PARIS (Reuters) - Patrick Drahi, the owner of France’s number two telecoms player Numericable-SFR NUME.PA, has offered to buy smaller rival Bouygues Telecom (BOUY.PA) for about 10 billion euros (£7.15 billion) in cash, two people familiar with the matter said.
The move, which was first reported by the Journal de Dimanche, would take the French mobile market from four to three players at a time when the merits of such consolidation are being hotly debated in Europe.
Any potential deal could face opposition in France, with two ministers already firing warning shots on Sunday.
Economy Minister Emmanuel Macron reiterated his view that the time was not right for consolidation in the sector, which he said needed investment. France will soon kick off an auction for 4G mobile spectrum and the government is pushing operators to invest in fibre broadband.
Budget Minister Christian Eckert told France Inter radio the government was “not in favour” of the potential deal, as it was worried over its impact on “investment and employment”.
Billionaire Drahi, who owns Numericable-SFR’s parent company Altice ATC.AS, is offering to buy all of third-place Bouygues Telecom, which has 11 million mobile clients.
With massive cost savings possible from combining the two companies, Drahi is offering a rich price, higher than in an earlier round of sales talks last year. Most analysts value Bouygues Telecom at around 5 billion euros.
Drahi wants to move now because of concerns that interest rates could rise in the coming months, making Altice’s approach of highly leveraged deals more costly, said one source.
Altice has snapped up U.S. cable company Suddenlink, Portugal Telecom, and SFR in the past 18 months.
It remains to be seen, however, whether Martin Bouygues, the scion whose family conglomerate owns the Bouygues Telecom, will agree to sell. He is pushing for a price closer to 11 billion euros, the sources said.
After Drahi beat Bouygues to buy SFR last year, Martin Bouygues has said the operator can thrive on its own and has said numerous times that he does not want to sell the unit he created, which sits alongside his father’s construction and roads business.
To avoid competition issues, Drahi has lined up an agreement with low-cost player Iliad (ILD.PA) that would buy much of Bouygues Telecom’s mobile spectrum and towers, said the sources. Market leader Orange (ORAN.PA) could take on several hundreds of Bouygues Telecom staff.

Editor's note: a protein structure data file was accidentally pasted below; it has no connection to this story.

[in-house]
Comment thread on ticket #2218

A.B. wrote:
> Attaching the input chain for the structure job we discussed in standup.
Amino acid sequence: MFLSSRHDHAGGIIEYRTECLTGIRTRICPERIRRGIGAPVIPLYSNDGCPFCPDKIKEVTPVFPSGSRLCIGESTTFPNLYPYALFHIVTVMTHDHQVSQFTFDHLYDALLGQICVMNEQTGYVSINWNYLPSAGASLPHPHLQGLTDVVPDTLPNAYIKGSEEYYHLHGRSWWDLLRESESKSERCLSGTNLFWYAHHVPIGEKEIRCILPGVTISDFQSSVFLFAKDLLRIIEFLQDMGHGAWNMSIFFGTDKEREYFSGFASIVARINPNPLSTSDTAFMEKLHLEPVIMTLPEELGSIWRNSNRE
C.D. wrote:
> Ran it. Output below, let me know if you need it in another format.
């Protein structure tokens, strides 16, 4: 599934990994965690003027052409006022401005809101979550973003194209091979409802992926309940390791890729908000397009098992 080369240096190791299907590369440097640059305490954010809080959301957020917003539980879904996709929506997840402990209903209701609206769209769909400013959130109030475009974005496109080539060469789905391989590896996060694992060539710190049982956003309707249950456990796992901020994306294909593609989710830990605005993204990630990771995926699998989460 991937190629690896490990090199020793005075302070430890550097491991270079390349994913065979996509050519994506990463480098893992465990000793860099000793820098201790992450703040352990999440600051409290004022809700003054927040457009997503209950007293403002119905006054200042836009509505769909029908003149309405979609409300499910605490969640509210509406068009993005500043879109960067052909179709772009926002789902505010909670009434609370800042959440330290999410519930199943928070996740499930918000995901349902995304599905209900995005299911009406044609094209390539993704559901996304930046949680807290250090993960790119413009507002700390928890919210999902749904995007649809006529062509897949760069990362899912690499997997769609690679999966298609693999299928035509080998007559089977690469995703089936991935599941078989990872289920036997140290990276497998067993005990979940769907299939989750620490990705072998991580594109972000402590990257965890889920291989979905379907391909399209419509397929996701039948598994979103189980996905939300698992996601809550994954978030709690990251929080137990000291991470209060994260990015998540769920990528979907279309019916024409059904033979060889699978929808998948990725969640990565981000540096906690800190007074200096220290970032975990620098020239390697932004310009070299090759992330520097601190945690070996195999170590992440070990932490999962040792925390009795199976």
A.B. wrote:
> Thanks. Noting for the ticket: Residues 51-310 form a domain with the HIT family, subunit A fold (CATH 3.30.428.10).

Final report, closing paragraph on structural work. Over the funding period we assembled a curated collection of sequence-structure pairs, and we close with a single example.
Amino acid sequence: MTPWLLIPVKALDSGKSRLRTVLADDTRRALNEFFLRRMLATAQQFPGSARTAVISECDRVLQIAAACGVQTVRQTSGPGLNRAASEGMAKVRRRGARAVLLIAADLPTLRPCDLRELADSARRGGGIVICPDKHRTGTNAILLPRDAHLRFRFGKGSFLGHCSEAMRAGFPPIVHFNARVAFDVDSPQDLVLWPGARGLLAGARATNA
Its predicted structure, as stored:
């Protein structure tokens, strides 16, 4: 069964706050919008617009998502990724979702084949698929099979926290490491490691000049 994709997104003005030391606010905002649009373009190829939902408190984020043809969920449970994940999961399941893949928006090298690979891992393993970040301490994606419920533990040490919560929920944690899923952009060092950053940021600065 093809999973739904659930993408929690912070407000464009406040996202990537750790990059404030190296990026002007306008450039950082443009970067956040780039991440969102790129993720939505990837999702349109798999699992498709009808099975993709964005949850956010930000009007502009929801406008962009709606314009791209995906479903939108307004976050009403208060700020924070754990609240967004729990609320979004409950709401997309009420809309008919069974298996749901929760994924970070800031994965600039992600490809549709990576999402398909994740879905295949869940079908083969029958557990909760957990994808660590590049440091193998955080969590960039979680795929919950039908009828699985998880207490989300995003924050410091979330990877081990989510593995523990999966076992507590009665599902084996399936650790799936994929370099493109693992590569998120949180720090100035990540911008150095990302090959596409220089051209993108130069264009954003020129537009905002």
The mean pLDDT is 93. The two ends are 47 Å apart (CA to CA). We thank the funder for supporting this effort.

Bouygues Telecom’s parent Bouygues will hold a board meeting on Tuesday to review the offer.
Altice, Bouygues and Iliad declined comment. Numericable-SFR and Orange could not be reached for comment.
In France, the entry of low-cost player Iliad into the mobile market in 2012, has put pressure on prices and on existing players to consolidate.
Loss-making Bouygues Telecom has been the centre of attention after losing the bidding war in April 2014 for SFR to cable group Numericable.
Encouraged by the French government, Orange, Iliad and Bouygues held three-way talks about a consolidation deal last year, but they collapsed over valuation and how to split up Bouygues between the two buyers.
Reacting to the report, Macron told Reuters: “I repeat that today consolidation is not something to wish for, for the sector. Employment, investment and a better service for consumers are the priorities. A consolidation would have a negative impact on these issues.”
The issue of how much telecoms deal-making is too much is raging in Europe right now with acquisitions picking up pace.
Last week EU Competition Commissioner Margrethe Vestager said in Paris she was wary of telecoms mergers, warning that consumers could end up with higher bills and less innovative companies.
In Austria, which went to three operators in 2013, customers are paying more for mobile services although they are also consuming more data as well, and the effects of similar deals in Ireland and Germany remain to be seen.
Two sources close to the situation in France said they did not think Macron’s comments closed the door on a deal, adding that the minister likely wants assurances that the upcoming auction of 700 megahertz spectrum will be successful.
A deal between Altice and Bouygues would reduce the bidding field, and could limit the money brought in to state coffers.
Reporting by Leila Abboud and Dominique Vidalon; Editing by Elaine Hardcastle and Alison Williams